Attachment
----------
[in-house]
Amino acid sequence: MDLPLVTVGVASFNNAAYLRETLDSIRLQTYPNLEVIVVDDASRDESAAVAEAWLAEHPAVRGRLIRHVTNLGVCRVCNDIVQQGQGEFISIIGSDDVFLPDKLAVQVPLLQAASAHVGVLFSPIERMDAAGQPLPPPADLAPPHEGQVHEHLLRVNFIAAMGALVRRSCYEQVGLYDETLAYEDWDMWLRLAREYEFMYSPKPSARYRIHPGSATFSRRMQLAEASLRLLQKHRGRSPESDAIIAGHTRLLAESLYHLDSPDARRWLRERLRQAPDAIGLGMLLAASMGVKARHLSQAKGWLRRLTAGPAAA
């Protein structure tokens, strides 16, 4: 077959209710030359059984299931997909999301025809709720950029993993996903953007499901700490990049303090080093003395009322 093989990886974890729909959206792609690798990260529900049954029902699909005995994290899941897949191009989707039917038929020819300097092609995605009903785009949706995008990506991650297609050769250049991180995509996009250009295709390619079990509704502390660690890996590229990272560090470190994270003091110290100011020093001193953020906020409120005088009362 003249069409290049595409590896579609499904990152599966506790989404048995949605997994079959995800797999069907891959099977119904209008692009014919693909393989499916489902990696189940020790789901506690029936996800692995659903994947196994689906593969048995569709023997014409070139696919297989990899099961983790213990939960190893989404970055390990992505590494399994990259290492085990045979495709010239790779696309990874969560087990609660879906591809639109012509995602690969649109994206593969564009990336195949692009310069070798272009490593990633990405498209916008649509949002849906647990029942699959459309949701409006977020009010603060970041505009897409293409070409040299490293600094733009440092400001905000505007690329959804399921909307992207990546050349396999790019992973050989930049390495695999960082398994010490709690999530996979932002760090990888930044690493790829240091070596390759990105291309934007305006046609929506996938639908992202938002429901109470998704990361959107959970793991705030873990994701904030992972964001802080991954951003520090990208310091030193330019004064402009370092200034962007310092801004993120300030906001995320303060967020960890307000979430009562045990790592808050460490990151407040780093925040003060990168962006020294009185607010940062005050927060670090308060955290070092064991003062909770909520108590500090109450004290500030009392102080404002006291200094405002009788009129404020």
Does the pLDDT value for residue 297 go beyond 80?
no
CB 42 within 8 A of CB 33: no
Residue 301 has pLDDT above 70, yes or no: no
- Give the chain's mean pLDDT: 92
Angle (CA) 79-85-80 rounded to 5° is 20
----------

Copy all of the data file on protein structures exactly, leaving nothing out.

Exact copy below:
[in-house]
Amino acid sequence: MDLPLVTVGVASFNNAAYLRETLDSIRLQTYPNLEVIVVDDASRDESAAVAEAWLAEHPAVRGRLIRHVTNLGVCRVCNDIVQQGQGEFISIIGSDDVFLPDKLAVQVPLLQAASAHVGVLFSPIERMDAAGQPLPPPADLAPPHEGQVHEHLLRVNFIAAMGALVRRSCYEQVGLYDETLAYEDWDMWLRLAREYEFMYSPKPSARYRIHPGSATFSRRMQLAEASLRLLQKHRGRSPESDAIIAGHTRLLAESLYHLDSPDARRWLRERLRQAPDAIGLGMLLAASMGVKARHLSQAKGWLRRLTAGPAAA
């Protein structure tokens, strides 16, 4: 077959209710030359059984299931997909999301025809709720950029993993996903953007499901700490990049303090080093003395009322 093989990886974890729909959206792609690798990260529900049954029902699909005995994290899941897949191009989707039917038929020819300097092609995605009903785009949706995008990506991650297609050769250049991180995509996009250009295709390619079990509704502390660690890996590229990272560090470190994270003091110290100011020093001193953020906020409120005088009362 003249069409290049595409590896579609499904990152599966506790989404048995949605997994079959995800797999069907891959099977119904209008692009014919693909393989499916489902990696189940020790789901506690029936996800692995659903994947196994689906593969048995569709023997014409070139696919297989990899099961983790213990939960190893989404970055390990992505590494399994990259290492085990045979495709010239790779696309990874969560087990609660879906591809639109012509995602690969649109994206593969564009990336195949692009310069070798272009490593990633990405498209916008649509949002849906647990029942699959459309949701409006977020009010603060970041505009897409293409070409040299490293600094733009440092400001905000505007690329959804399921909307992207990546050349396999790019992973050989930049390495695999960082398994010490709690999530996979932002760090990888930044690493790829240091070596390759990105291309934007305006046609929506996938639908992202938002429901109470998704990361959107959970793991705030873990994701904030992972964001802080991954951003520090990208310091030193330019004064402009370092200034962007310092801004993120300030906001995320303060967020960890307000979430009562045990790592808050460490990151407040780093925040003060990168962006020294009185607010940062005050927060670090308060955290070092064991003062909770909520108590500090109450004290500030009392102080404002006291200094405002009788009129404020």
Does the pLDDT value for residue 297 go beyond 80?
no
CB 42 within 8 A of CB 33: no
Residue 301 has pLDDT above 70, yes or no: no
- Give the chain's mean pLDDT: 92
Angle (CA) 79-85-80 rounded to 5° is 20